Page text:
Is Tesla's Autopilot feature to blame for recent spate of crashes?

As many as 13 probes have been started in the US into accidents involving Tesla cars that make use of the company's company’s automated driver-assist
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File photo used for representational purpose. (AP)
File photo used for representational purpose.

The National Highway Traffic Safety Administration will open an inquiry into a collision on Sunday near Los Angeles involving a 2019 Tesla Inc. Model S that collided with another vehicle, the agency said late Tuesday.

Two people died and two others were injured when a Tesla exited a freeway, ran a red light and slammed into a Honda Civic, an NBC News affiliate in Los Angeles reported on Sunday, citing law enforcement. A NHTSA spokesman confirmed the agency was investigating the crash.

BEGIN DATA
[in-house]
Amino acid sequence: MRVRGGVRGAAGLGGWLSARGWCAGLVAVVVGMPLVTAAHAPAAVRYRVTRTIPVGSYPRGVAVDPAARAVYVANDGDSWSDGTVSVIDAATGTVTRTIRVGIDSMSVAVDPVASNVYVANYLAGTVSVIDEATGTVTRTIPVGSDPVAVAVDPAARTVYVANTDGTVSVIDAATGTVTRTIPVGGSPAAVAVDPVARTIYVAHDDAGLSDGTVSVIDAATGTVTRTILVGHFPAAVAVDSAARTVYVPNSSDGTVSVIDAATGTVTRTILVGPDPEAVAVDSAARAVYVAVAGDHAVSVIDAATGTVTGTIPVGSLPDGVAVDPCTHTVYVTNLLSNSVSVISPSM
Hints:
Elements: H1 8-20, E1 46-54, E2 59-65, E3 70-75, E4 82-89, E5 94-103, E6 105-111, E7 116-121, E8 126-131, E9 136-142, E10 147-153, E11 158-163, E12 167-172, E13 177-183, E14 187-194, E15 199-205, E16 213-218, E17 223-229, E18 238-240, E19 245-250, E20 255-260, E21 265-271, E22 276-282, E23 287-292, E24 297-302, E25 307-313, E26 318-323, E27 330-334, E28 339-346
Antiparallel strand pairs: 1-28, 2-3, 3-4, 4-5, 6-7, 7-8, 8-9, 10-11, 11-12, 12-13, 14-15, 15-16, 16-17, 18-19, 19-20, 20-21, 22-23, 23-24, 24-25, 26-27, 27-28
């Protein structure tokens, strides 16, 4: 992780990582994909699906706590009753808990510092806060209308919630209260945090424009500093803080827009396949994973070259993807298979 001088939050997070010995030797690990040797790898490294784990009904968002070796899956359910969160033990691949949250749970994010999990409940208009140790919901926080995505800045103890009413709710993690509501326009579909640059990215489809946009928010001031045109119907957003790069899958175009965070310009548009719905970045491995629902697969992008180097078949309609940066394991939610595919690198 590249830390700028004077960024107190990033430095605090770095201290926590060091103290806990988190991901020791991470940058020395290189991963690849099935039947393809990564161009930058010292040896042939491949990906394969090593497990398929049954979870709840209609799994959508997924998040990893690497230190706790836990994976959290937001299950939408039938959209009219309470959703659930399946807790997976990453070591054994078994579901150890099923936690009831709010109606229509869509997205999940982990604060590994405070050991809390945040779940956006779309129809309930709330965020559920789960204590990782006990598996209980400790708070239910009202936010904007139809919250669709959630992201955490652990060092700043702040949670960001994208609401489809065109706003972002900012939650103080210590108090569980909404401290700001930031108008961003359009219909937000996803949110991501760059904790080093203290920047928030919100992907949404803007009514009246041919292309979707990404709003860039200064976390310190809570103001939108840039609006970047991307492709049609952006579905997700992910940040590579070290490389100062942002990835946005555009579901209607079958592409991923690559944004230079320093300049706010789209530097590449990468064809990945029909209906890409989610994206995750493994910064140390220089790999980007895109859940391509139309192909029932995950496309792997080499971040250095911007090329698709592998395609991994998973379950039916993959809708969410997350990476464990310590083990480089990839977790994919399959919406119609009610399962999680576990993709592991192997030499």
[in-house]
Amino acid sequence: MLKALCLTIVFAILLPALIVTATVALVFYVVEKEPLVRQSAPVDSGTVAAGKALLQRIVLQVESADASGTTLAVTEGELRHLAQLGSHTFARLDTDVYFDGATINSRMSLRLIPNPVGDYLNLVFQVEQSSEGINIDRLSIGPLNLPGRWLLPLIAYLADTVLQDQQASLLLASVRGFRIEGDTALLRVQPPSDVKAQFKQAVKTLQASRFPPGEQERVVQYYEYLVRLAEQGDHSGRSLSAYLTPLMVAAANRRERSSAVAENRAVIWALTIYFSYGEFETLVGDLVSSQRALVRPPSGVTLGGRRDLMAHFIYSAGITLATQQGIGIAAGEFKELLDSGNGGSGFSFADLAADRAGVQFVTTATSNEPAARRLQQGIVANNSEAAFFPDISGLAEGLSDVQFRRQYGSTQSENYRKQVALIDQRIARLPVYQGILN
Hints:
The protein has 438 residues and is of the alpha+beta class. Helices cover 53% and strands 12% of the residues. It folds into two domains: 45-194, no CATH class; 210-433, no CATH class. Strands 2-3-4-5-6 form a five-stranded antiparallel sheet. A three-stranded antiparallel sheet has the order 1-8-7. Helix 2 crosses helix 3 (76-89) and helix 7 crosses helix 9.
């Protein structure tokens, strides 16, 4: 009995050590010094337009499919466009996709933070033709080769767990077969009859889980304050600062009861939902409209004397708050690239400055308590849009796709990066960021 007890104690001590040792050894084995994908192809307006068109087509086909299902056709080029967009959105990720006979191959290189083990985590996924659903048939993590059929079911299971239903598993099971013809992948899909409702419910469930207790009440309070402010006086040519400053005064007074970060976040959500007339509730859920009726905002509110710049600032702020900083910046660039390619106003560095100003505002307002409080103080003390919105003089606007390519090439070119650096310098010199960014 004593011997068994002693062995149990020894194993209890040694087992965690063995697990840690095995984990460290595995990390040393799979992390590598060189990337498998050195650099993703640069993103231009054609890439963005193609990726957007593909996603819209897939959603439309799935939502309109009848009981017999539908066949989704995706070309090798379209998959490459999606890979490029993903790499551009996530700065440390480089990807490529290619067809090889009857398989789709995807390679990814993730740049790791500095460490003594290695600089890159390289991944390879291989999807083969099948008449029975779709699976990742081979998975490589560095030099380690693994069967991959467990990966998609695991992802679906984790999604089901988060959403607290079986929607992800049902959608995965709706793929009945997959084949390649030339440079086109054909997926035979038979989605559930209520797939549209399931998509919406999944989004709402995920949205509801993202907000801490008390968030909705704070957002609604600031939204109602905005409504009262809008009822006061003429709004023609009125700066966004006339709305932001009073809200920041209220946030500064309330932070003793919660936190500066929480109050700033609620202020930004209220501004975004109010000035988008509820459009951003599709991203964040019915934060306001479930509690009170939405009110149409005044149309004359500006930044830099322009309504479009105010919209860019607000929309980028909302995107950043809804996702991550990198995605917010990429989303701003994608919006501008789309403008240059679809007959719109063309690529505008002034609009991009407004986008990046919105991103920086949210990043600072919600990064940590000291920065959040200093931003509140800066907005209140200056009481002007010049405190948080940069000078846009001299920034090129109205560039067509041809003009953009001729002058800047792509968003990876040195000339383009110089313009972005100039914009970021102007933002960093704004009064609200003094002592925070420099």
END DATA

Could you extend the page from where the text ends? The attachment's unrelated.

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The inquiry, a crash scene and vehicle inspection, is the latest by the NHTSA’s Special Crash Investigations unit involving a Tesla vehicle. It has has begun 13 probes into Tesla vehicle crashes believed to involve the use of the company’s automated driver-assist features marketed as Autpilot.

A NHTSA spokesman declined to comment on whether Autopilot was a factor in the Sunday crash in Gardena, California.

The NHTSA earlier in December said investigators would look into a Connecticut crash in which a Tesla rear-ended a parked police cruiser while the vehicle was operating on Autopilot.

Tesla representatives did not immediately respond to an email seeking comment.

To contact the reporter on this story: Ryan Beene in Washington at rbeene@bloomberg.net

To contact the editors responsible for this story: Jon Morgan at jmorgan97@bloomberg.net, John Harney

For more articles like this, please visit us at bloomberg.com

©2020 Bloomberg L.P.

First Published Date: 01 Jan 2020, 11:52 AM IST
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